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Voice Mail For The Homeless Program To Help The Poor Find Jobs Gets A Ringing Endorsement

Fri., Jan. 10, 1997

Carl is too poor to replace his tattered red Nikes or buy a decent meal.

But he has voice mail at his fingertips, and he feels the power of its possibilities - humming an Al Green song while he shoulders a pay telephone receiver at Spokane’s downtown bus station.

A construction company returned his call and wants to hire him. Time to quit his job as a day laborer.

“This is my home on the phone,” says Carl, rolling a Top cigarette. “Without this, man, I’d be working for nothing forever.”

More than 150 Spokane County poor or unemployed people like Carl, who didn’t want his last name used, are plugged into free voice mail offered by social service programs and US West.

Voice mail, once a technological trapping of the privileged, is now filtering down to the needy.

“There’s a few things in society that you need to have to make it - a phone, a car and maybe a permanent address,” says Dave Wall, operations manager of Spokane’s Union Gospel Mission. “This is trying to get everyone on an even playing field.”

The system is simple and surprisingly efficient, say social workers. Spokane Neighborhood Action Program (SNAP) issues “Community Voice Mail” recipients a seven-digit telephone number, which allows a personal greeting.

When prospective employers call, they hear the sounds of a home.

“Hi, welcome to the Wheeler residence,” Michelle Wheeler’s voice mail says, the sound of children laughing in the background.

“I don’t think it’s putting a ruse on anyone,” says Bob Peeler, SNAP’s homeless coordinator. “Some of our shelters could be in your neighborhood and you wouldn’t know it.”

Lining up help and job hunting hasn’t been so easy in the past. Employers calling shelters can quickly get the wrong impression.

“As soon as we say, ‘Union Gospel Mission,’ employers hang up,” says Wall. “It’s the stigma of the mission that prevents them from working.”

“They are discriminated against from the beginning,” says Peeler.

Voice mail is available for as little as $10 a month, but that’s a fortune for most homeless people. “Some of our guys can’t even afford a bus token,” says Wall.

The program is a hit with social workers like Peeler, who in the past have spent frustrating hours tracking down homeless people to help them get benefits.

“It’s so simple, I don’t know why we didn’t think of this sooner,” says Peeler.

Seattle pioneered the idea in 1991 and now has more than 800 free voice mail lines.

The Seattle program is garnering national recognition. A non-profit group, Community Technology Institute, now teaches other cities how to set up voice mail systems.

Twenty-one cities from San Diego to Boston will meet in Seattle next month to talk about improvements and the future of the program.

“We kind of proved the obvious. Somebody with a phone number could get a job; people without would take much longer,” says Pat Barry, CTI executive director.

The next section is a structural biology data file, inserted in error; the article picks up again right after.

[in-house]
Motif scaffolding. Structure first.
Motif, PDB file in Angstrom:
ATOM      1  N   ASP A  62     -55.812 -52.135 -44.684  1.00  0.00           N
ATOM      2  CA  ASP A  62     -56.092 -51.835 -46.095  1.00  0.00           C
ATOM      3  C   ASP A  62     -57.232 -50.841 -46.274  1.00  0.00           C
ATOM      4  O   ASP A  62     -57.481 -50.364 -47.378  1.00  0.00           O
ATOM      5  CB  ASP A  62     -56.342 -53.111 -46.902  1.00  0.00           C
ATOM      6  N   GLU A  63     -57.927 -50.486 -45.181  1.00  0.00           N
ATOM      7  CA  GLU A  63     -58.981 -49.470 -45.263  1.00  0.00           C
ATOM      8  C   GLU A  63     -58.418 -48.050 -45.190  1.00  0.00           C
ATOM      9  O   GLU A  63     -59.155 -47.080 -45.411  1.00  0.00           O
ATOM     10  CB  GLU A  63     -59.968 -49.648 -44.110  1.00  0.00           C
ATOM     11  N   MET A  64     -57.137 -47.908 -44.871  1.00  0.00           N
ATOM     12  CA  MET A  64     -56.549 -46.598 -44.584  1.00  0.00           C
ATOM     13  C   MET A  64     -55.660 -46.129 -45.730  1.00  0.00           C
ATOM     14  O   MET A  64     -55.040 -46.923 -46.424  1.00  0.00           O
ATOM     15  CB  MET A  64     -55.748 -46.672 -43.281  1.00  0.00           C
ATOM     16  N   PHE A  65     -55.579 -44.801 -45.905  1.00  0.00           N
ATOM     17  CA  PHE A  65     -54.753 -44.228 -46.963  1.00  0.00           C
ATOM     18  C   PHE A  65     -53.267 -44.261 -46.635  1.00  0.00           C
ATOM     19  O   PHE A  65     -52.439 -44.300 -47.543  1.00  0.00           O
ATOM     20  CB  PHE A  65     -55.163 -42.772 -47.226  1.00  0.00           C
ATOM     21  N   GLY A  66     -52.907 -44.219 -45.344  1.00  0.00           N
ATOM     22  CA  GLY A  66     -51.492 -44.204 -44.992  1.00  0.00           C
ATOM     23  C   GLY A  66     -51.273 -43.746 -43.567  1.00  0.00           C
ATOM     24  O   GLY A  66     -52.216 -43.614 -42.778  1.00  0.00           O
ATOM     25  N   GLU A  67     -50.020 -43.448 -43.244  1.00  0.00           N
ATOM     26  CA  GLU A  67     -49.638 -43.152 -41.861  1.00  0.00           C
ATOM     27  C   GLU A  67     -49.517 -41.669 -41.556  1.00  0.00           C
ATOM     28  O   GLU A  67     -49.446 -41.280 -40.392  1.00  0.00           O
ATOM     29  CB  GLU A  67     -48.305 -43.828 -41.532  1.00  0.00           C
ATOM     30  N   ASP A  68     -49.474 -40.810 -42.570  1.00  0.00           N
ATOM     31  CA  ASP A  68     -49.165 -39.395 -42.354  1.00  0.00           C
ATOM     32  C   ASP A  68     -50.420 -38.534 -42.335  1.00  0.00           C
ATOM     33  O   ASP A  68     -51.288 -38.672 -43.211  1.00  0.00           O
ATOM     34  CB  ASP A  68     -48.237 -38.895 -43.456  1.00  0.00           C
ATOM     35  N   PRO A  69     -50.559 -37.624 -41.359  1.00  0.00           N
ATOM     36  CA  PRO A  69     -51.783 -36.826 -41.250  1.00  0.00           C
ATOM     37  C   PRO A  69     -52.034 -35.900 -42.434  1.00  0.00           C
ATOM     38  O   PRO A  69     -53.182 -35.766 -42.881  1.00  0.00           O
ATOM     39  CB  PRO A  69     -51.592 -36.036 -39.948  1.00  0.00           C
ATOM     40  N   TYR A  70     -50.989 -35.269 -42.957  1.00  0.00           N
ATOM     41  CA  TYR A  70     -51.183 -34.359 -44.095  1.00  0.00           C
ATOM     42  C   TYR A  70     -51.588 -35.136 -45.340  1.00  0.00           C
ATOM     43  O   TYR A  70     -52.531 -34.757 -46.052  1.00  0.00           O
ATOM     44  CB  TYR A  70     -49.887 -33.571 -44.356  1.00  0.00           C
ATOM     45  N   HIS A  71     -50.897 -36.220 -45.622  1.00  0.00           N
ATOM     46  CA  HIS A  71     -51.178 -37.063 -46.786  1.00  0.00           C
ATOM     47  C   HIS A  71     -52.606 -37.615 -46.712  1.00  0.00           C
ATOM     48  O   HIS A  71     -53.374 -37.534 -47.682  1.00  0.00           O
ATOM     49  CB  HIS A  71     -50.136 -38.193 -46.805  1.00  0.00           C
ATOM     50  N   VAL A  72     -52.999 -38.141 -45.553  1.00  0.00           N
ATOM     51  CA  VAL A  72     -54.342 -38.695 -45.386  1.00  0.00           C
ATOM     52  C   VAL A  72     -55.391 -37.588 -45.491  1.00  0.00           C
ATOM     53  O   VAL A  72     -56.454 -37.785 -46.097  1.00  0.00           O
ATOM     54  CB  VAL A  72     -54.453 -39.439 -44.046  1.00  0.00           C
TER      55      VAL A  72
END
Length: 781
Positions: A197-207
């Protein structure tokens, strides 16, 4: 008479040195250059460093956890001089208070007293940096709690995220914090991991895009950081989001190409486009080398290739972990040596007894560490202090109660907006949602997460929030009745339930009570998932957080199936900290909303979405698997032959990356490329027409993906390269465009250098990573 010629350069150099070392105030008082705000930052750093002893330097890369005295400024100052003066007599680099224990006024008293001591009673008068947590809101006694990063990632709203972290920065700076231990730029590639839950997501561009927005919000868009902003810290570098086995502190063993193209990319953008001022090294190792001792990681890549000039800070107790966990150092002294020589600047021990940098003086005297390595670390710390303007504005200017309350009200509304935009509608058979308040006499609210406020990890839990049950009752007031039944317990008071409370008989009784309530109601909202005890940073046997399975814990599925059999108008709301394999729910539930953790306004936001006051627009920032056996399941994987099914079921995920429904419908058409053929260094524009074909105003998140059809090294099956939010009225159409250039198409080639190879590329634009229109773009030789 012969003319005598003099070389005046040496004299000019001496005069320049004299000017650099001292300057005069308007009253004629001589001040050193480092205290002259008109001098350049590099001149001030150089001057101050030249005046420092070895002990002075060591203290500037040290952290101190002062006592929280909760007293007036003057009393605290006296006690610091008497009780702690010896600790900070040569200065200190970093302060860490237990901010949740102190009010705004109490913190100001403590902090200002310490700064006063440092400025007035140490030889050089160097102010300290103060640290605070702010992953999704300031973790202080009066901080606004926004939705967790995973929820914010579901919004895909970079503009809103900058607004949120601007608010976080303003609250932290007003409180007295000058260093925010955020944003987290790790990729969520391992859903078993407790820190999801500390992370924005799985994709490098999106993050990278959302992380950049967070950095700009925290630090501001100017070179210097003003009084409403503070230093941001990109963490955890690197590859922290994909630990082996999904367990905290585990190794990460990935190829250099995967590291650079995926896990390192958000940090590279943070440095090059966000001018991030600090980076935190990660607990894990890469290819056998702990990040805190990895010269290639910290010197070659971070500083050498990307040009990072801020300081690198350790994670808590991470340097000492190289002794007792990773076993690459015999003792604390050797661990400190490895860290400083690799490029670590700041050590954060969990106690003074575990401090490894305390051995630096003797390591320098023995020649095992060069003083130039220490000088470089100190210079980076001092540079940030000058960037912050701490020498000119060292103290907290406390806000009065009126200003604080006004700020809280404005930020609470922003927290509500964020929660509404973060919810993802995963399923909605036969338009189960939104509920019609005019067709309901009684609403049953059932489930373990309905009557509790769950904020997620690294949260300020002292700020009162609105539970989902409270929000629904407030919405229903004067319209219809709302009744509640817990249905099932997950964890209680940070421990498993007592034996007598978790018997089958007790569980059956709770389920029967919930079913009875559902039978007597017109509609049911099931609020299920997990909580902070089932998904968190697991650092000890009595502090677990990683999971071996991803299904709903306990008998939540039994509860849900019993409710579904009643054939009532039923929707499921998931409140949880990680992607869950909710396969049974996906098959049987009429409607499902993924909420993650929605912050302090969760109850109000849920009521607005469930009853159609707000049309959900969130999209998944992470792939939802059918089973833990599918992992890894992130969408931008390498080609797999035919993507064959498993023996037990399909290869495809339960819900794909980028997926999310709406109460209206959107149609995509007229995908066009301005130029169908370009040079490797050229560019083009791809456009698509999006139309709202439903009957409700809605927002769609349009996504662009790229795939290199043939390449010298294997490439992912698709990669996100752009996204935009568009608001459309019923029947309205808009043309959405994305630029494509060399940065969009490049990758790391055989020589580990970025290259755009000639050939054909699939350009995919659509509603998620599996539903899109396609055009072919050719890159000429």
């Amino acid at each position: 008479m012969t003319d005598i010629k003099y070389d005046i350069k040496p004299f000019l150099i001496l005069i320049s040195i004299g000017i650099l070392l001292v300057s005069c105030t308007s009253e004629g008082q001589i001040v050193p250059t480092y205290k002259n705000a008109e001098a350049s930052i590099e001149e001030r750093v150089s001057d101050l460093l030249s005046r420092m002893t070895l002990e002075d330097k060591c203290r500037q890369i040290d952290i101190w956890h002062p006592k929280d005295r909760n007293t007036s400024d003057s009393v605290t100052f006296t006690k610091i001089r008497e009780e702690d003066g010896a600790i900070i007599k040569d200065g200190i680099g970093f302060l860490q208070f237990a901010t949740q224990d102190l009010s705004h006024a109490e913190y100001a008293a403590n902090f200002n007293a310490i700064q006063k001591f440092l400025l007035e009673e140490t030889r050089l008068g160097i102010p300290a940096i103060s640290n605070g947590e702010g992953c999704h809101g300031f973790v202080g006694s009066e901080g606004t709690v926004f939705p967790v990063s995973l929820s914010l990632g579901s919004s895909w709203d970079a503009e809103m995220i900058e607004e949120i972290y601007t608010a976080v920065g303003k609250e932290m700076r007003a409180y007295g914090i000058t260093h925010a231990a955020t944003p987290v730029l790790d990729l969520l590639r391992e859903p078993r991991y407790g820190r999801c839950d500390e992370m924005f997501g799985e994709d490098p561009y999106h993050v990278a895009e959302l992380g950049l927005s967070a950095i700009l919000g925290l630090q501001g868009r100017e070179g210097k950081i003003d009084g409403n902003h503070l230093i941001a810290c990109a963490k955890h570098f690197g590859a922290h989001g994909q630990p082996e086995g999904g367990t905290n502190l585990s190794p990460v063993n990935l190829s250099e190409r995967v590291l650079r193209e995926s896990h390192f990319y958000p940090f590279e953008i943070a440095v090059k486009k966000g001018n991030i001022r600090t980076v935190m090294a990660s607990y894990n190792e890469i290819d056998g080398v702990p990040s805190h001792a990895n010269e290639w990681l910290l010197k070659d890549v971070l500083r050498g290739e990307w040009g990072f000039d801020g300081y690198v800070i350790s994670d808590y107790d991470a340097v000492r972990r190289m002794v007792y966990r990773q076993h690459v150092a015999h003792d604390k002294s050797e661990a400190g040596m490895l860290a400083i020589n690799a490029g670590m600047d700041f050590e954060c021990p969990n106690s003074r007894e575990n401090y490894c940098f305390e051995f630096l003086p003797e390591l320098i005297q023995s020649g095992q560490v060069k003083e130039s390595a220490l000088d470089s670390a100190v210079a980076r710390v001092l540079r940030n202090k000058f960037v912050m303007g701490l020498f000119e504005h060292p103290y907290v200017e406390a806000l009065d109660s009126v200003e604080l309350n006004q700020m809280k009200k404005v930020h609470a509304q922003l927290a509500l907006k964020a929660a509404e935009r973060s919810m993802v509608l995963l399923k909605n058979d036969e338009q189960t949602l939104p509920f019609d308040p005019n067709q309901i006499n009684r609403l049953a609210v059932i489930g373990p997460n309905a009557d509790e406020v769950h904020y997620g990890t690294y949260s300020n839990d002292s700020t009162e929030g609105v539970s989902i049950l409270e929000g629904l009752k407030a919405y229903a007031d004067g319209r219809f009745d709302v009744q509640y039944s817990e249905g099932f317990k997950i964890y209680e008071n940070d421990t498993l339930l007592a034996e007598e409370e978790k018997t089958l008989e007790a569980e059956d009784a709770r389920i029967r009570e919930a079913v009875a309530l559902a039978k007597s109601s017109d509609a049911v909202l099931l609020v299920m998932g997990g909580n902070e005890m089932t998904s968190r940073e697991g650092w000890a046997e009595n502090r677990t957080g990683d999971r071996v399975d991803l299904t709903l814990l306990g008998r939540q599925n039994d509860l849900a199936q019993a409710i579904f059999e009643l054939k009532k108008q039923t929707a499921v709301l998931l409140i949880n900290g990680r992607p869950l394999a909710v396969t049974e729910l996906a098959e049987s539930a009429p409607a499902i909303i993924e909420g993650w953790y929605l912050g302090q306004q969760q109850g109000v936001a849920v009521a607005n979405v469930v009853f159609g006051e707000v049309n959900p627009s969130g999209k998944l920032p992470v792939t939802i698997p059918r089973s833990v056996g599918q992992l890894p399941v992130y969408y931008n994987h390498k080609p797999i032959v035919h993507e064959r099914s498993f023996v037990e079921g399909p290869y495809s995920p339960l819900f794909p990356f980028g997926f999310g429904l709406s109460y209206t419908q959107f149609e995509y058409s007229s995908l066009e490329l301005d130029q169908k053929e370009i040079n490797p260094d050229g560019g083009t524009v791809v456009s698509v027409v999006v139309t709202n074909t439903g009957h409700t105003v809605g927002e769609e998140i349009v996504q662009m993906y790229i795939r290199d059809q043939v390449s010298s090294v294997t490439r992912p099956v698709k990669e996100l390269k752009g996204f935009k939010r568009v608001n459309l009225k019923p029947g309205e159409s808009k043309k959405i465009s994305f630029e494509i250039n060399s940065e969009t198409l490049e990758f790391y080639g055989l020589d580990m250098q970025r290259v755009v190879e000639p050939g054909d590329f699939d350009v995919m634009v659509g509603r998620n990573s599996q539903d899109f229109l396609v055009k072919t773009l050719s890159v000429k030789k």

Spokane’s program sprouted last fall. It currently has a capacity of 300 lines, and another 300 will be hooked up when needed.

Start-up money came from the U.S. Department of Commerce and a private foundation. About $40,000 in equipment - mostly computers - was donated by CTI.

Maintenance is surprisingly cheap. Spokane city and county governments contribute a combined $5,500.

“We’re talking about 15 cents per phone line per month,” says Peeler, who hopes to find a corporate sponsor to cover future costs.

At least one company is already helping. U S West recently opened 20 voice mail boxes for Union Gospel Mission.

The SNAP system is not without glitches. It’s difficult to discover abuse. Seattle is on the “trust system,” Barry says.

Spokane watches the hours and frequency of calls into mailboxes. Frequent late calls may indicate shady dealings, such as drug transactions.

Social workers also screen participants. “We’re not giving it to somebody who just doesn’t have an answering machine,” says SNAP spokesperson Julie Pickerel.

Increasing numbers of women use the system to escape violent relationships. Wheeler, who fled an abusive boyfriend, used SNAP’s voice mail program to get a place to live, line up job prospects and get a college loan.

SNAP managers debated the ethics of allowing a person in a shelter to have a greeting with sounds such as laughing kids.

The fastest-growing demand for voice mail in Spokane is among women trapped in violent relationships.

Women trying to escape abusers use voice mail boxes to set up appointments for counseling, interim housing and financial support. When they leave abusers, they are ready to stay away, Peeler says.

“It means we are actually saving lives,” he says.

Wheeler confirms that. The 28-year-old Tacoma woman dated an abuser for two years before leaving him last September.

During a Spokane pit stop on their way home from Montana, Wheeler and her four children ran while he was paying for gas. She only had a driver’s license in her pocket; she didn’t have money for the pay telephone, or anyone to call if she had a quarter.

She quickly entered a SNAP program for abused women, and got a voice mail box. She hawked jewelry to buy her children shoes for school.

Four months later, the voice mail box has helped her secure loans to attend Spokane Falls Community College, interim housing and job prospects.

“If I’d known about this, it could have saved me years of pain,” says Wheeler of the voice mail system.

, DataTimes ILLUSTRATION: Color photo


 

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